Charles Manson is led to court for a grand jury appearance in California in 1969.
Charles Manson is led to court for a grand jury appearance in California in 1969.Vernon Merritt III—The LIFE Picture Collection/Getty Images
Charles Manson is led to court for a grand jury appearance in California in 1969.
Charles Manson in custody, 1969.
Charles Manson in custody, 1969.
Charles Manson supporter outside the courthouse during his murder trial, Los Angeles, 1970.
Charles Manson supporters outside the courthouse during his murder trial, Los Angeles, 1970.
Charles Manson supporter outside the courthouse during his murder trial, Los Angeles, 1970.
Deputy district attorney Vincent Bugliosi in the Los Angeles Hall of Justice being interviewed at the beginning of grand jury hearings in the Tate-LaBianca murders, 1969.
Manson Family member Susan Atkins leaves the Grand Jury room, Los Angeles Hall of Justice, December 1969.
Manson Family member Susan Atkins, 21, emerges from a Los Angeles courtroom after grand jury testimony, December 1969.
Charles Manson in custody, 1969.
Tate-LaBianca murders, grand jury hearings, 1969. "Manson Family members Lynn 'Squeaky' Fromme, 21, and Sandra Pugh, 26, who brought her 2 1/2 month-old baby, Ivan, to court, said they knew nothing of the Tate murders. 'Manson was magnetic," Sandra says. 'His motions were like magic.'"
Manson Family members, Lynn "Squeaky" Fromme and Sandra Pugh, 1969.
Charles Manson and his attorney, 1969.
LIFE Magazine—December 19, 1969
Charles Manson is led to court for a grand jury appearance in California in 1969.
Vernon Merritt III—The LIFE Picture Collection/Getty Images
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The Manson Family on Trial: Madness Visible

Updated: Jan 04, 2017 11:31 AM ET | Originally published: Aug 07, 2012

Charles Manson has been in jail for more than four decades. In 1971, he and several of his followers — Tex Watson, Susan Atkins, Patricia Krenwinkel and Leslie Louise Van Houten — were convicted in the era-defining Tate-LaBianca murders that horrified not only Los Angeles, where the murders took place in the summer of 1969, but the entire nation. (Manson was convicted, in essence, as a "conspirator," as he was not present at the killings, but ordered them to be carried out.)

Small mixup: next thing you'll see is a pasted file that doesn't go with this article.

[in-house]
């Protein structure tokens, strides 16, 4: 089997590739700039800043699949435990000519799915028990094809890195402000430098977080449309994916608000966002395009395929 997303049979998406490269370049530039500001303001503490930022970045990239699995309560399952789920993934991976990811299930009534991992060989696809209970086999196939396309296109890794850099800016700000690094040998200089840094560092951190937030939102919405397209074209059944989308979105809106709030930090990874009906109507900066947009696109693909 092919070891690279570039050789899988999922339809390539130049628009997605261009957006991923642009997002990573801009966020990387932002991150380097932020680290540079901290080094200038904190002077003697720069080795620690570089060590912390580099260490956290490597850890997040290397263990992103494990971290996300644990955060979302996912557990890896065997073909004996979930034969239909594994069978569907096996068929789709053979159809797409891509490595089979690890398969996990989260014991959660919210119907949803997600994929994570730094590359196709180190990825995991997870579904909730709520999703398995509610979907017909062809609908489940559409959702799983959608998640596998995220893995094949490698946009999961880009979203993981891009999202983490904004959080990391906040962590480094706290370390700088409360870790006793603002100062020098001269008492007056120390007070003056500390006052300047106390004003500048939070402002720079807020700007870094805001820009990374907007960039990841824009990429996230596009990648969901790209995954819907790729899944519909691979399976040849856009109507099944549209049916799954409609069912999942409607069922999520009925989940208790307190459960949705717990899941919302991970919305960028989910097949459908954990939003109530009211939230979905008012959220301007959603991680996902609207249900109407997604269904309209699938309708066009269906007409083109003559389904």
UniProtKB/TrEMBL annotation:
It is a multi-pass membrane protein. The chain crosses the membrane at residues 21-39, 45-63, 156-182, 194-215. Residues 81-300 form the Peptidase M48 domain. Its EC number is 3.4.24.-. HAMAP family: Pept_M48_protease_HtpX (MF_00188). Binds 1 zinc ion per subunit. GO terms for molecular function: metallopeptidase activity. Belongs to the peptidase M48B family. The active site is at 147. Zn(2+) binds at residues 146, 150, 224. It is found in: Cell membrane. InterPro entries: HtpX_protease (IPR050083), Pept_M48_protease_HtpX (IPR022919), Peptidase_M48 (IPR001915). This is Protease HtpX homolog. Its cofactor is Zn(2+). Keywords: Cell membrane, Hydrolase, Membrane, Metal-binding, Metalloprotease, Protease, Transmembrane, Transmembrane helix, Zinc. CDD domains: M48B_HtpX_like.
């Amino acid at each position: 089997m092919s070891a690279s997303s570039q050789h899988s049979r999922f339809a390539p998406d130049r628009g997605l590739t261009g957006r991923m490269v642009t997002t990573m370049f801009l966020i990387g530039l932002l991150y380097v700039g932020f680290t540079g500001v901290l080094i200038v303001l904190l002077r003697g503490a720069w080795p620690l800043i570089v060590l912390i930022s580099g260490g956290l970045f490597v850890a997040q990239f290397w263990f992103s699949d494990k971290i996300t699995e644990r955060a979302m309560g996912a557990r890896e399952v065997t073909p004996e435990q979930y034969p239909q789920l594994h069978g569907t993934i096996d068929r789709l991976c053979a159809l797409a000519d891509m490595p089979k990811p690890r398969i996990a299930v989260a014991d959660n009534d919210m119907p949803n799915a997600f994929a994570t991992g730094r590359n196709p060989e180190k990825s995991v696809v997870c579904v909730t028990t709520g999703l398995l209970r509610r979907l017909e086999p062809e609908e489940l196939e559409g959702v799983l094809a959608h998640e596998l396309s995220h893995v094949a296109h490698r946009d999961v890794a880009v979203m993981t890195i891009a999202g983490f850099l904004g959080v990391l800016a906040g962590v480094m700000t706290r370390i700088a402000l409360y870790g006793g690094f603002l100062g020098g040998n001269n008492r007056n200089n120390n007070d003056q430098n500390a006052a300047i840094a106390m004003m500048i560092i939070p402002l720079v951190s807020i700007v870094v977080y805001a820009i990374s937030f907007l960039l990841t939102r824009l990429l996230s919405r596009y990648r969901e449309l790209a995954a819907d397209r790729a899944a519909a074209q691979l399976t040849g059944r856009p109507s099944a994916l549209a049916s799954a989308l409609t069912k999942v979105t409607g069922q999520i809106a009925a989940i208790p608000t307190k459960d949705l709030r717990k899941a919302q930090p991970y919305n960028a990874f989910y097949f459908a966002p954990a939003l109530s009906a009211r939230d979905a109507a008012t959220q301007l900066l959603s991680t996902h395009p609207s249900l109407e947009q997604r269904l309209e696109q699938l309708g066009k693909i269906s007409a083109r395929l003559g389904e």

The ferocity of the murders; the seeming randomness of the violence; and the chilling, bottomless weirdness of the Manson cult itself incised a terrible, indelible black mark on the late 1960s.

But it was during grand jury testimony and at the trial of Manson and his followers — with the trial itself serving as a kind of bleak circus that lasted nine months, from the summer of 1970 to the spring of 1971 — that the nation was able to gauge just how deeply unhinged "the Family" truly was.

Carving x's in their foreheads? No problem. Shaving their heads to show solidarity with their leader? Done. Blocking entrances to the courthouse, chanting, singing, treating the trial — and, by extension, the murders themselves — like a trip to the amusement park? For the Manson clan, it was all grist for their cheery, death-adoring psychopathy.

After all, if Manson, Krenwinkel and the rest were going to be tried and (quite obviously) convicted of mass murder by the "establishment" and "the pigs" they despised, the least their brothers and sisters in the Family could do was show the world that, in the universe they inhabited, the killers were not truly criminals at all, but instead were iconoclasts. Rebels. Heroes.

Here, LIFE.com presents pictures from late 1969, when Manson and his co-defendants were finally indicted and charged in the Tate-LaBianca murders.

All these years later, the sight of Manson and his dead-eyed acolytes is still ghastly. But as long as pictures like these bear witness, the people whose lives were taken — Sharon Tate; Jay Sebring; Wojciech Frykowski; Abigail Folger; Steven Parent; Leno and Rosemary LaBianca — will remain in sight, and those who slaughtered them will be remembered not (as some would have it) as wayward, misled children, but as men and women who entered the homes of strangers and in a spasm of savagery ended life after life after life.

Liz Ronk, who edited this gallery, is the Photo Editor for LIFE.com. Follow her on Twitter at @LizabethRonk.

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